There's a rather interesting social (and narrative) experiment going on right now in World of Warcraft. Papers have been written on how WoW (and other MMORPGs) can be used to model disease transmission or potential viral outbreaks, but those were the result of an unintended "feature" of the game. This time around, the experiment is fully intended and fully controlled by the designers of the game and the world in which nearly 11 million people play.
As a lead-up to the release of the next chapter in the World of Warcraft, the Wrath of the Lich King expansion, the game designers have set in motion what is known as a "world event." These are unique, one-time-only occurrences in game. Although the game has been available to the public for more than three years, there have been a handful of events which happened once and once only during this time. If you weren't around to experience them (and I'll never forget the opening of the Gates of Ahn'Qiraj), you missed out completely.
The world event currently underway is tying the current game environment to the narrative and experiences that players of the game will shortly experience in Wrath of the Lich King. In short, a plague has been released upon the world of the game. It began with a few zombies wandering near the capitol cities, infecting some players who, if not healed of the disease, would turn in to zombies themselves. Next, crates from the land covered in the next expansion arrived at the docks of a major city, spewing plagued cockroaches in to the world that would turn infected players in to zombies. In the past few days, the zombie plague has intensified and it's now at the point that you have about one minute to be cleansed of the plague or turn in to a zombie yourself. With hundreds of players being infected at a time, and players deliberately getting infected to infect others and cause grief, it has become nearly impossible in some areas of the game to actually play. You simply can't do anything without being immediately infected and quickly turning in to something that doesn't (necessarily) allow you to achieve your objectives in the game.
This experiment in virtual narrative storytelling has left many people who play the game annoyed, if not angry. There are reports of people quitting the game after years of play out of anger and frustration. I think that most of those people will be back in about a week or two, if they actually quit at all. While I'm one of those who are annoyed by the plague and feel that it does disrupt my play time (because it is, after all, a game), I find it quite fascinating from both a narrative and pedagogic perspective.
From a narrative perspective, Blizzard is playing both off the very modern fear of biological attacks utterly disrupting our daily way of life (and for those who have played the game for 2-3 years, playing WoW is very much a way of life) and taking an in-game narrative to its logical extreme end. The game designers clearly want us to feel what it would be like living under the nightmare rule of the Lich King in the World of Warcraft — making our otherwise autonomous characters suffer the effects of evil and cruelty that are otherwise left to the larger imaginings of the background and history of this fictional world or relegated to the sad tales told by the computer-controlled characters in the game. They are also very subtly introducing one of the very hot topics in gaming right now — morality and the choice to be good or evil — in to the game by giving players the opportunity to become zombies (servants of the Lich King) themselves, and deliberately choosing to help spread the plague instead of fighting against it. It's a great narrative transition to the content and narratives covered in the upcoming expansion (where you will be able to engage in more morally questionable activities, such as culling a town infected by an earlier version of this very same plague).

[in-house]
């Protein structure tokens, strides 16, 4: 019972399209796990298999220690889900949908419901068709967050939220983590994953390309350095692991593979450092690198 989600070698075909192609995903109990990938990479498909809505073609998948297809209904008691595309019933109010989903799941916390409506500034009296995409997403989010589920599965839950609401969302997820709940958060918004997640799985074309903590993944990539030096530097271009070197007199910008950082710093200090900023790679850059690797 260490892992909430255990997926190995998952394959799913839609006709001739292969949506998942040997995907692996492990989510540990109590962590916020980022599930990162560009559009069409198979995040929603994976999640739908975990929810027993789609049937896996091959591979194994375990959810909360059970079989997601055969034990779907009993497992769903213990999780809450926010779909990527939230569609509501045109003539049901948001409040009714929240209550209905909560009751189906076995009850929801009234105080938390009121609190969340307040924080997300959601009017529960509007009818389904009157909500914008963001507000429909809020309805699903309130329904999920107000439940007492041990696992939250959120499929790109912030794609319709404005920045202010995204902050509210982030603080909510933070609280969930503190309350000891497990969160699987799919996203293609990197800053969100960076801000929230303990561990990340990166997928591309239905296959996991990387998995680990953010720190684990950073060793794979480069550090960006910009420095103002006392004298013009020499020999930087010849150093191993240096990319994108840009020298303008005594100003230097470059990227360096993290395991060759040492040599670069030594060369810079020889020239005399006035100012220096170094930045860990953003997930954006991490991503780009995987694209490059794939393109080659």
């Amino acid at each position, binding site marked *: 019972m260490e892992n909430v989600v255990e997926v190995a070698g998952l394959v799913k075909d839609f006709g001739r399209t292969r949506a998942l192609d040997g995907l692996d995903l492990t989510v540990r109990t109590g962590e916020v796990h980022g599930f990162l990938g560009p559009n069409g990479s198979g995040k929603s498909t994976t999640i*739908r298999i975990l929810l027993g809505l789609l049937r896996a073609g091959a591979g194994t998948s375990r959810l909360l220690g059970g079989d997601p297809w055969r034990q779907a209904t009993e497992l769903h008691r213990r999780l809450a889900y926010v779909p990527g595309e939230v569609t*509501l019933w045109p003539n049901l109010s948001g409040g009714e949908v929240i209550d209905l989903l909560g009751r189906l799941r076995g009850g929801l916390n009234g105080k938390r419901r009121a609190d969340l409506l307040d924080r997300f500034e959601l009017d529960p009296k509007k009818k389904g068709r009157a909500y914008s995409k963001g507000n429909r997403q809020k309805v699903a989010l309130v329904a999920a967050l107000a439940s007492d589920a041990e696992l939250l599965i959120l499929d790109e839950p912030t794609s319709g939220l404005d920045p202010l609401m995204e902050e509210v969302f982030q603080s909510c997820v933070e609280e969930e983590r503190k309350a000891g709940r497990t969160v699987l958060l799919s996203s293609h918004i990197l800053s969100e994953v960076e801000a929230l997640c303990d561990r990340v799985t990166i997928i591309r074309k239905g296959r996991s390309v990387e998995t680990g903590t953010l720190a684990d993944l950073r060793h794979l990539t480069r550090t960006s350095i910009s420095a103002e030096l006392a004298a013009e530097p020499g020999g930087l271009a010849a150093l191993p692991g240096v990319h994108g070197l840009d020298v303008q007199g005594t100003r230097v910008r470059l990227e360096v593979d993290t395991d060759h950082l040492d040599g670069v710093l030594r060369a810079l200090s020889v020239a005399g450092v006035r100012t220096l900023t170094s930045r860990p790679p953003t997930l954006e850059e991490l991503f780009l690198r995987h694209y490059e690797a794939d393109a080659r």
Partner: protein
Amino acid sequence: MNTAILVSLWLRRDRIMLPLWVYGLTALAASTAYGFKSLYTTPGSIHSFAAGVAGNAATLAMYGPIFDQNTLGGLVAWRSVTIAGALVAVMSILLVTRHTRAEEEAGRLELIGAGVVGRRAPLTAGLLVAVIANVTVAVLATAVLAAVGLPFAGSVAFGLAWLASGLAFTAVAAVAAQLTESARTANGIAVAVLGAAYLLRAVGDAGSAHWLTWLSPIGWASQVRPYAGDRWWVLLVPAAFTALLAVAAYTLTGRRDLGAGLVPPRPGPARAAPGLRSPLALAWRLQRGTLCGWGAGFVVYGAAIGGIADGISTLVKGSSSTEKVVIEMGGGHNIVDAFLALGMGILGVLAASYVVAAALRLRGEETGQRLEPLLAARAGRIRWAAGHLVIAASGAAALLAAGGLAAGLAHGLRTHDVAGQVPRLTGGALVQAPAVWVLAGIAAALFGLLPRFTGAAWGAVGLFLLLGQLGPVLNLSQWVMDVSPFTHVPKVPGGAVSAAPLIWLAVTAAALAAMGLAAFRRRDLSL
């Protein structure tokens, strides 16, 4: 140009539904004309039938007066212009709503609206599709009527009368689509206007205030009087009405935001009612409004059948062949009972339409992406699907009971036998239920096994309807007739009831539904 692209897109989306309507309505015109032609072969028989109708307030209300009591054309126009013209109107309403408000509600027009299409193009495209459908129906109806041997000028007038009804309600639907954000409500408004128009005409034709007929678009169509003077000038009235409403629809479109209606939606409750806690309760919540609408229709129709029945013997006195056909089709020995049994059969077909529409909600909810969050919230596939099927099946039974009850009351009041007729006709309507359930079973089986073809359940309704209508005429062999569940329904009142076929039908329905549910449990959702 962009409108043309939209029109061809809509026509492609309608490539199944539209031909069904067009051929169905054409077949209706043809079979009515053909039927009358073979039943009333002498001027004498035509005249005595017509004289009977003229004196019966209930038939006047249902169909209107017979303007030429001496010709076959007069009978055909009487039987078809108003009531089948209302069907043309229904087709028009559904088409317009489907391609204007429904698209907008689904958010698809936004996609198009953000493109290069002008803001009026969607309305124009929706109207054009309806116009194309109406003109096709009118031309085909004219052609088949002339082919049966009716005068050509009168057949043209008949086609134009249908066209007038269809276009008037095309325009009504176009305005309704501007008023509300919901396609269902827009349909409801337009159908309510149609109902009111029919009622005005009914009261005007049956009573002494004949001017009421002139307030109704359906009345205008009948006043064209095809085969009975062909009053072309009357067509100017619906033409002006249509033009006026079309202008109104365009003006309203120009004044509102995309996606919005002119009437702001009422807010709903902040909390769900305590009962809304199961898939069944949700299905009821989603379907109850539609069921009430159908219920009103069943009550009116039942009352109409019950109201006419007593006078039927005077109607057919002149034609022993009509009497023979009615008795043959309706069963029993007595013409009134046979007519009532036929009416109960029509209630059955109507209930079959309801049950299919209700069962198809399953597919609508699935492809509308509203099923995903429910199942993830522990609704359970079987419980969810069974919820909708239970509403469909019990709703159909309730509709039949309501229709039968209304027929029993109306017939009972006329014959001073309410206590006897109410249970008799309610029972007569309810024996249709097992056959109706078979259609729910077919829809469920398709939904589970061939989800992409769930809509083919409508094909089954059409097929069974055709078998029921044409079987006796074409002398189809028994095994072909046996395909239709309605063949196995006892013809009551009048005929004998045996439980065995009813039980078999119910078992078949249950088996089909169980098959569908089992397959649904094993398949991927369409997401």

My very astute nephew pointed out that this event is also an exercise in pedagogy, which is important to me because that's kind of what I do for a living.
One of the key features in the next expansion is the introduction of a new class of character: the Death Knight. One ability these characters have is the ability to temporarily raise a fellow player from the dead. This is extremely useful in difficult combat situations. Having someone come back as a zombie to continue to fight for a few minutes can make the difference between success and failure in a fight. If you are raised as a zombie, however, you have to learn how to control that zombie and take advantage of the abilities that the zombie has (which you would, as a non-zombie, not have access to). Knowing how to "play a zombie" will be a required skill for most players in Wrath of the Lich King. By introducing this specific type of creature as part of this world event, the game designers are not only building strong narrative ties from the current iteration of the game to the next, but also effectively teaching players what they need to know for gameplay in the expansion. It's a pretty smart approach to using the game to teach people how to the play the game.
One of the great strengths of Blizzard as a game development company is their deep commitment to narrative. I think how they are handling the narrative transition from one iteration of World of Warcraft to its next major iteration is incredibly smart. All one needs to do is look past the what to the why and you'll see some very smart minds at work.